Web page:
It’s like, in the natural world if you wipe out killer bees that is probably going to have some nasty side effects on the environment (for example, plants not getting fertilized). You might not like killer bees, and they might do bad things to you sometimes, but they have a role to play; they are not evil.

      Storms are like that. You might like calm seas and no cyclones, but maybe that means ships can’t sail and crops don’t get watered. That’s why you make offerings to Poseidon even though you might not want to attract his attention most of the time.

      It is true that the God of the Old Testament can be a jealous and terrible God. See the Book of Job. I also might argue that this God is more of a tribal god, the god of the Israelites. Other gods (Baal) were the patrons of other people and cities. This does not preclude Jehovah from being the true, omnipotent (though unrevealed) God, but it does create a dynamic closer to polytheistic assumptions (and a fantastic Sword & Sorcery setting, I might add). I have a great desire to become more familiar with the Old Testament in particular (really, the whole Bible), but alas there are only so many hours in the day.

      I’m not a theologian, and don’t claim to be an expert on these things, so feel free to correct any of my misunderstandings.

      I don’t think the HPL mythos really counts as monotheism, though the only story that mentions Azathoth I have read is The Whisperer in Darkness, and the nature of Azathoth in that story is (unsurprisingly) ambiguous.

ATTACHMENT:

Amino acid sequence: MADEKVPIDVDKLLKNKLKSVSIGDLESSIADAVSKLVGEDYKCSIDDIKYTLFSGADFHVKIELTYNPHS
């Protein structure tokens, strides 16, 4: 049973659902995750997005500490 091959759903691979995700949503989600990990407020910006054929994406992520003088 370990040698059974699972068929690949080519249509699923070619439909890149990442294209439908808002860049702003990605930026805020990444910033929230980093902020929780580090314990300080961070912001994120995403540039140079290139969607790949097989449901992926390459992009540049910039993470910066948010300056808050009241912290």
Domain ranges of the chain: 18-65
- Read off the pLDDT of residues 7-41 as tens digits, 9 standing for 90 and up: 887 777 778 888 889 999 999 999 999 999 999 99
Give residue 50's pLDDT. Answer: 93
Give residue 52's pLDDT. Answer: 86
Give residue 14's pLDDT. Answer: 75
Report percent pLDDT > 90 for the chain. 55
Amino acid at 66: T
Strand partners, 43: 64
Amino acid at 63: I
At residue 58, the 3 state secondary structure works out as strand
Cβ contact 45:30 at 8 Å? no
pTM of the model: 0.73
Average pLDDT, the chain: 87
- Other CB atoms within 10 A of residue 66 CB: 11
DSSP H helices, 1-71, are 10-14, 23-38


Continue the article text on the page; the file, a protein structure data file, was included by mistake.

2. Steamtunnel

      The assumption that someone on the side of God is good is why it does not seem to work well when compared to polytheism. Take for instance Saul. He starts on God’s “side” but eventually he is resorting to necromancy. One could even say that polytheism is the denial of the one true God and the acceptane of the rebelious angels (Baal, Moloch, Zeus, Apollo) as powers in their own right, even if they are not. The terror of the idea that Apollo is a light deamon and really not-your-friend is more terrifying than the soft fluffy Edith Hamilton alternative. You think you are good, you think your god is good. But think about the shock and awe on the face of the player when he discovers that the reason the High Priest of Apollo is the serial killer is because Apollo really did order the human sacrifices and killings.

      Close examination does reveal Lovecrafts mythos to be monotheistic very much in the same way as Christianity (most specifically among the Abrahamics). Azathoth is described in the Dream Quest of Unknown Kadath as:

      “Outside the ordered universe [is] that amorphous blight of nethermost confusion which blasphemes and bubbles at the center of all infinity—the boundless daemon sultan Azathoth, whose name no lips dare speak aloud, and who gnaws hungrily in inconceivable, unlighted chambers beyond time and space amidst the muffled, maddening beating of vile drums and the thin monotonous whine of accursed flutes.”